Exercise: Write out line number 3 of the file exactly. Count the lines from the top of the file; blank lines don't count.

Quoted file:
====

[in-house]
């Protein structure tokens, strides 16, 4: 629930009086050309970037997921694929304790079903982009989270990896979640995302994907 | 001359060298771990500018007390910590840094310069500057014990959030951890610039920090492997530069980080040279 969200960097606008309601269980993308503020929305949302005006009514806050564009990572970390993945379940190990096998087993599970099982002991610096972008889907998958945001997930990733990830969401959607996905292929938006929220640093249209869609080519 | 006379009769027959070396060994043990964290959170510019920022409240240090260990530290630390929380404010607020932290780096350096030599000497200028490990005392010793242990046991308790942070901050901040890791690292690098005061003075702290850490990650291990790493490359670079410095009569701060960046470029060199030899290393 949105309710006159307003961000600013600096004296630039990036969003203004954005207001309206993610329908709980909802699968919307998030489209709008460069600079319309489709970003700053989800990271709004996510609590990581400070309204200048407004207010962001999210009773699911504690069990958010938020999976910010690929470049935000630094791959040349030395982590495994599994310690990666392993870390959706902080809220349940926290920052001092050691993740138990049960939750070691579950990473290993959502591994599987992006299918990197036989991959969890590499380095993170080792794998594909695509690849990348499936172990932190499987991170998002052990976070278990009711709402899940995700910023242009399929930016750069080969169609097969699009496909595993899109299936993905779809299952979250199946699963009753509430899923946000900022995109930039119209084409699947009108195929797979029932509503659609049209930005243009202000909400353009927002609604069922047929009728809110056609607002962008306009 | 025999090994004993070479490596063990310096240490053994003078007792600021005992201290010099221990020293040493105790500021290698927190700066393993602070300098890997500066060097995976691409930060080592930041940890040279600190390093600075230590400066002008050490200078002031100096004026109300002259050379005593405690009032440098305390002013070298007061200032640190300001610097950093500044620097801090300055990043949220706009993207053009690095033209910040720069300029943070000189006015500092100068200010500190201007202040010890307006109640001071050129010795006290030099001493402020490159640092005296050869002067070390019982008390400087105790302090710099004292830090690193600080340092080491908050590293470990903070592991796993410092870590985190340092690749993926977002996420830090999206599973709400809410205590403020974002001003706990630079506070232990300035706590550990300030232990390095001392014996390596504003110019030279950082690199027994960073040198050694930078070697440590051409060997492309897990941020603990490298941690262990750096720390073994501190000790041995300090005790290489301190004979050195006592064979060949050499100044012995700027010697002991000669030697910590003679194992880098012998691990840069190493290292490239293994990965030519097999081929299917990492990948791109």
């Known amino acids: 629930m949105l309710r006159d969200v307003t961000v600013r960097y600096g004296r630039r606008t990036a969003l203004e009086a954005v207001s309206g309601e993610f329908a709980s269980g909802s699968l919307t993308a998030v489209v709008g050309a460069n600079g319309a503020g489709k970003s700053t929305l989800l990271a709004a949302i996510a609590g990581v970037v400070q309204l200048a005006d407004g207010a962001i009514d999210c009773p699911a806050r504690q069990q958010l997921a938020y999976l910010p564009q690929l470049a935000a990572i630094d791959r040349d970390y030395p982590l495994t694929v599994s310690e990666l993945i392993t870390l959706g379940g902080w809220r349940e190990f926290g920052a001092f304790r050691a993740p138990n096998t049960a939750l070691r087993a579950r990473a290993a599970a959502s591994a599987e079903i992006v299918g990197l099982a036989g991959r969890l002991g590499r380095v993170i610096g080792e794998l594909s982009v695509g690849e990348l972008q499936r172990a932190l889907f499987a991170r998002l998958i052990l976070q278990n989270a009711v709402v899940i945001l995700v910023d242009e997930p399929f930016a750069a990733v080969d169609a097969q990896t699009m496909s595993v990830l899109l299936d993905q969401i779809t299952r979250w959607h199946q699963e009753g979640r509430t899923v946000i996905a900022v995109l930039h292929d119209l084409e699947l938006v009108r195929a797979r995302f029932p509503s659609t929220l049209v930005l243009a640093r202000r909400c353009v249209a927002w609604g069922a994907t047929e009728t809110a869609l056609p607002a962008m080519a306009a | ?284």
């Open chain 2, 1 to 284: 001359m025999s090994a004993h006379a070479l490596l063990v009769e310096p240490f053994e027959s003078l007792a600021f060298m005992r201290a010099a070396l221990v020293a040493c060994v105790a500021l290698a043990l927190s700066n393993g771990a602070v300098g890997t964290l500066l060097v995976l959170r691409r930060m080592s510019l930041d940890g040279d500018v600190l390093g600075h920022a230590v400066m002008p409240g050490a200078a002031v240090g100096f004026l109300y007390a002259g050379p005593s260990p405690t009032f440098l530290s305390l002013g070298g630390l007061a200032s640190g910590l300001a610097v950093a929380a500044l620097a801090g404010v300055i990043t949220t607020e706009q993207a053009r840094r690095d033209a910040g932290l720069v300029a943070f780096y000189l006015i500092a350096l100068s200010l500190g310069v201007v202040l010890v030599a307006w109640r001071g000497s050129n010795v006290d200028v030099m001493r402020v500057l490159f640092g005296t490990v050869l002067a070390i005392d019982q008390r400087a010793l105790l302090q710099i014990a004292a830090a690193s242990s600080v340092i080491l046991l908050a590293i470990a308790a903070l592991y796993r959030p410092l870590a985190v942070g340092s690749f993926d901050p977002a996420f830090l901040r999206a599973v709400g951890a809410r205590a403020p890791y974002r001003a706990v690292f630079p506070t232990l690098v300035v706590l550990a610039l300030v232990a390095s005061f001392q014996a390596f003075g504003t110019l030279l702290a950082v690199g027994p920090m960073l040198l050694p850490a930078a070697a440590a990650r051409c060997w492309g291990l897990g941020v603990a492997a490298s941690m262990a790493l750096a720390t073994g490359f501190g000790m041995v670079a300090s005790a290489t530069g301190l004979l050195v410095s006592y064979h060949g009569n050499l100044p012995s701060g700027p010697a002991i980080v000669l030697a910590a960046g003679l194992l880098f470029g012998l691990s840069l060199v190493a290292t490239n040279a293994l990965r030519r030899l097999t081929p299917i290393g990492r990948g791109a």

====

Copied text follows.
């Known amino acids: 629930m949105l309710r006159d969200v307003t961000v600013r960097y600096g004296r630039r606008t990036a969003l203004e009086a954005v207001s309206g309601e993610f329908a709980s269980g909802s699968l919307t993308a998030v489209v709008g050309a460069n600079g319309a503020g489709k970003s700053t929305l989800l990271a709004a949302i996510a609590g990581v970037v400070q309204l200048a005006d407004g207010a962001i009514d999210c009773p699911a806050r504690q069990q958010l997921a938020y999976l910010p564009q690929l470049a935000a990572i630094d791959r040349d970390y030395p982590l495994t694929v599994s310690e990666l993945i392993t870390l959706g379940g902080w809220r349940e190990f926290g920052a001092f304790r050691a993740p138990n096998t049960a939750l070691r087993a579950r990473a290993a599970a959502s591994a599987e079903i992006v299918g990197l099982a036989g991959r969890l002991g590499r380095v993170i610096g080792e794998l594909s982009v695509g690849e990348l972008q499936r172990a932190l889907f499987a991170r998002l998958i052990l976070q278990n989270a009711v709402v899940i945001l995700v910023d242009e997930p399929f930016a750069a990733v080969d169609a097969q990896t699009m496909s595993v990830l899109l299936d993905q969401i779809t299952r979250w959607h199946q699963e009753g979640r509430t899923v946000i996905a900022v995109l930039h292929d119209l084409e699947l938006v009108r195929a797979r995302f029932p509503s659609t929220l049209v930005l243009a640093r202000r909400c353009v249209a927002w609604g069922a994907t047929e009728t809110a869609l056609p607002a962008m080519a306009a | ?284």